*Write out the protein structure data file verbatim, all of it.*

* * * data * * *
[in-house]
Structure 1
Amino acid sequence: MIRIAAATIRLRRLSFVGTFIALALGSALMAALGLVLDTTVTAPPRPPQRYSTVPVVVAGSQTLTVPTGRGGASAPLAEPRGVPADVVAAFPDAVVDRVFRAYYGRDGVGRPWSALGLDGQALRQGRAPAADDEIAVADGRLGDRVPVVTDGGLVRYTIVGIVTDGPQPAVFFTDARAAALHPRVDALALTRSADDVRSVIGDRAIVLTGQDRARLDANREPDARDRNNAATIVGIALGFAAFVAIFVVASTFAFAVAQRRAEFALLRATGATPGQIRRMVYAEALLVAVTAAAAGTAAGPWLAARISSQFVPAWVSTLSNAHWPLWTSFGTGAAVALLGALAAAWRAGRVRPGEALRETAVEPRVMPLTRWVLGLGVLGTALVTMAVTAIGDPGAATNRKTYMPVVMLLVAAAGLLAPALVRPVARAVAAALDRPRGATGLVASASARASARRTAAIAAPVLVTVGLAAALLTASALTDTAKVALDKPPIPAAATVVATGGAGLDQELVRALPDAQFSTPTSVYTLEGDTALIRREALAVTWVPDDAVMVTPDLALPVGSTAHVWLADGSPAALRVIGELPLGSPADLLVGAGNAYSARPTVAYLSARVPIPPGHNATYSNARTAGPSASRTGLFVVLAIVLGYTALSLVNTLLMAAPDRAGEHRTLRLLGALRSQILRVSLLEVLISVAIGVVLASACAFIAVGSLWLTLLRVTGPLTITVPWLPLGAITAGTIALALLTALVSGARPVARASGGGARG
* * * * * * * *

[in-house]
Structure 1
Amino acid sequence: MIRIAAATIRLRRLSFVGTFIALALGSALMAALGLVLDTTVTAPPRPPQRYSTVPVVVAGSQTLTVPTGRGGASAPLAEPRGVPADVVAAFPDAVVDRVFRAYYGRDGVGRPWSALGLDGQALRQGRAPAADDEIAVADGRLGDRVPVVTDGGLVRYTIVGIVTDGPQPAVFFTDARAAALHPRVDALALTRSADDVRSVIGDRAIVLTGQDRARLDANREPDARDRNNAATIVGIALGFAAFVAIFVVASTFAFAVAQRRAEFALLRATGATPGQIRRMVYAEALLVAVTAAAAGTAAGPWLAARISSQFVPAWVSTLSNAHWPLWTSFGTGAAVALLGALAAAWRAGRVRPGEALRETAVEPRVMPLTRWVLGLGVLGTALVTMAVTAIGDPGAATNRKTYMPVVMLLVAAAGLLAPALVRPVARAVAAALDRPRGATGLVASASARASARRTAAIAAPVLVTVGLAAALLTASALTDTAKVALDKPPIPAAATVVATGGAGLDQELVRALPDAQFSTPTSVYTLEGDTALIRREALAVTWVPDDAVMVTPDLALPVGSTAHVWLADGSPAALRVIGELPLGSPADLLVGAGNAYSARPTVAYLSARVPIPPGHNATYSNARTAGPSASRTGLFVVLAIVLGYTALSLVNTLLMAAPDRAGEHRTLRLLGALRSQILRVSLLEVLISVAIGVVLASACAFIAVGSLWLTLLRVTGPLTITVPWLPLGAITAGTIALALLTALVSGARPVARASGGGARG